Thursday, June 28, 2012

One Nice Thing

Jesse is a funny and inspirational leader/health coach who speaks to large groups a few nights a week about how to live well and feel great.

She can whip up a crowd of fifty into fits of laughter, people who are struggling with the very real issue of weight and food and all the emotions that go with it. This leader was once a super-shy teen who wouldn't even order for herself in a restaurant. You do it, Mom. Ain't it great how we can grow and change and spread our flipping wings?!!!

At last night's Weight Watcher's meeting she encouraged her members to speak up and give themselves 

a compliment.

That means coming up with something 

you like about yourself, 

or think you're good at, 

something that feels right about you.

And saying it out loud.

One woman said, "I shampooed my rugs."

Well,'s a start.

And God bless that lady.  

But don't you think we can do better than compliment ourselves on how good we clean a carpet? Why is it so hard to say nice things, but so easy to whip ourselves silly, or sick, with the nasties?

Before you go to bed tonight say 
one nice thing to yourself.

dig a little deeper ...

Friday, June 22, 2012

As If You Had Chosen It

Whatever the present moment contains, accept it as if you had chosen it. Always work with it, not against it. Make it your friend and ally, not your enemy. This will miraculously transform your life.

-Eckhart Tolle

My shoulders drop when I hear Eckhart on my car stereo in his spacey German accent. 


does this include the $1,500 bill for the old Volvo.
the students who seemed to be dozing in my Personal Finance Class /the strange swirly feeling in my chest wondering why in God's name am I teaching a finance class?

answer: YES. Even if it has a labor-pain-ish kinda feel?

For this week, I'd have to give myself a D + for 
accepting the present moment as if I'd chosen it. It definitely takes practice.

Okay, maybe a C.
Today I'm feeling A-ish.
Except I don't give grades. 
I've never cared for them.
You're an A.
You're a B-.
You're really f*cked. 
You earned yourself an F, young lady.

Isn't there another way?

crack open
burst open

Two times this week a woman cried in yoga class.
I don't know why this is happening, she said. I'm happy.
You're just cracking open, I said.

In the Monday night writing workshop, 
tears were flowing. People get so embarrassed by their own tears. Tears happen.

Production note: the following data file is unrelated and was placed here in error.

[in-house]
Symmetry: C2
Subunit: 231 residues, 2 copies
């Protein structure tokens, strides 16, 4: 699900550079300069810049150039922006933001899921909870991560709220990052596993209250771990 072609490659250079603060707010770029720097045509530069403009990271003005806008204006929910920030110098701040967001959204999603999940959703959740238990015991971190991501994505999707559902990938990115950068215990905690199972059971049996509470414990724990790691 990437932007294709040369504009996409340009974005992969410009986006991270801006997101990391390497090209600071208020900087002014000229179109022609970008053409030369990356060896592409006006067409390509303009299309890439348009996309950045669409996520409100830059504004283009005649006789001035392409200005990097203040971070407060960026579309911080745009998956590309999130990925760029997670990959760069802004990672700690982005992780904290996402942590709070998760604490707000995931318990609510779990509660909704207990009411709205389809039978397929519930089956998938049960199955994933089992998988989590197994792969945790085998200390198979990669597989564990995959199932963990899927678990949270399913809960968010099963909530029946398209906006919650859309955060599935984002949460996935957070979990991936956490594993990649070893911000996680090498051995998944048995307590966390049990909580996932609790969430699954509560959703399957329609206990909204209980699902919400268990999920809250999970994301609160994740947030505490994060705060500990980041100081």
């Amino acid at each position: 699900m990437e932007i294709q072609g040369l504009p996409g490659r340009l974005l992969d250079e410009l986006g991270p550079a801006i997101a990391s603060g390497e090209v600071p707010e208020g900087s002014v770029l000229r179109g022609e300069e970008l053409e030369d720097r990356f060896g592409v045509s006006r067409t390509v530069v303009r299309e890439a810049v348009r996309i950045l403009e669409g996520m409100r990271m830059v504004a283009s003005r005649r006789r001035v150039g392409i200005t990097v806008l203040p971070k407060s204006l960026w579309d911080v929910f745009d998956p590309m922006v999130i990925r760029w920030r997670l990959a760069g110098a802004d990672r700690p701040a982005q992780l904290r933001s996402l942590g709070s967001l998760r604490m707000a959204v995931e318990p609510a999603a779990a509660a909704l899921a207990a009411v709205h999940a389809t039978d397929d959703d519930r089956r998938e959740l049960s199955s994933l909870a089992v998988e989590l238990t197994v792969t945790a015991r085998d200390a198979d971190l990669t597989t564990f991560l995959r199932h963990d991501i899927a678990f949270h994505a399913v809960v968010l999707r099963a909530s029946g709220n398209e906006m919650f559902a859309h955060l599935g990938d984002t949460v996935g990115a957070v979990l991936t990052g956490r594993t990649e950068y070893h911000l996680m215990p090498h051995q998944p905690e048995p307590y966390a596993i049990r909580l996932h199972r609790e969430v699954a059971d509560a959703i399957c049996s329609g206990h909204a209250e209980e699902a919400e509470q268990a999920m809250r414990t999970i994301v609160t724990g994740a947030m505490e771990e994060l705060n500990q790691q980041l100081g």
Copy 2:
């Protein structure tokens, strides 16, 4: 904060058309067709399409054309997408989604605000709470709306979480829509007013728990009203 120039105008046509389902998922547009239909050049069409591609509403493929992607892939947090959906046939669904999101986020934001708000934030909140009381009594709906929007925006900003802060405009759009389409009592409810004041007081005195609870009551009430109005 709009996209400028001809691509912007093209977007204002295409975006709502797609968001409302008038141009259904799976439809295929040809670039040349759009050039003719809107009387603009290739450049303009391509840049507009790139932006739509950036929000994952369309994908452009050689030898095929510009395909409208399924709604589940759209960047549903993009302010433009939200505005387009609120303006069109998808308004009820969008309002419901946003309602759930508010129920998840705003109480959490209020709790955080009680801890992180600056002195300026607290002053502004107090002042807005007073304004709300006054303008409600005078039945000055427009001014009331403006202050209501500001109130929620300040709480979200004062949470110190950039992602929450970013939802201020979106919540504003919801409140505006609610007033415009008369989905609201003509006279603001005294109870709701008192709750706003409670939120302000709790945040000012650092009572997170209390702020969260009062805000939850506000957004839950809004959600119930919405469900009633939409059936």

I guess there's things under my skin, she said.


accept it as if you had chosen it. 

the mess 
the tears 
the not knowing
the tired kids
the belly laughs
the car bill...


to you beautiful Being Alive peeps. 

claire hates it when I say "peeps". oh my.

SHOUT OUT TO #85 "Official" follower of This Being Alive...

Thanks for bringing yourself to the party. Invite a friend!!!

go gently,
xo b

arms wide open to you

Sunday, June 17, 2012


I've been hankering, or hungering, to come to the page and write but ever since Claire and I returned from our Green Mt. State road trip where I was feeling so damn free i felt a little lost back home

[it was probably dangerous...all that freedom]

Michael's leg was swollen up like a weird watermelon and then our neighbor, Arnold, who had been dying, died. A small group went to his funeral on Tuesday while it poured buckets and the sky just seemed to get darker and darker and when the pastor invited anyone to share I got up in my wet jeans and told the story about how Arnold would walk past our house and how we'd meet at the end of my driveway sometimes.

Our exchange would go like this:

Beautiful day, I'd say.
Every day is a beautiful day, Arnold always said.

He had a weird sorta upside down smile and very blue eyes. I told the people in the church that it seemed to me that he was all lit up from the inside out the last few weeks of his life. That he seemed cracked open. And his eyes were very blue.

The sun came out brilliantly the very next day and Michael was told that his leg needed surgery so Thursday, or was it Friday, was spent on that. He went in and was very well cared for, while I wandered around the grounds, reading about spiritual economics and talking to a friend on the phone who had just found out her Mom is a little bit full of cancer.

Dad came for the weekend. 
My brother and his wife and two boys came too. Baby brother.

I did a lot of cooking, pesto pasta, blueberry pancakes, which was funny since I don't really like to feed large groups of people/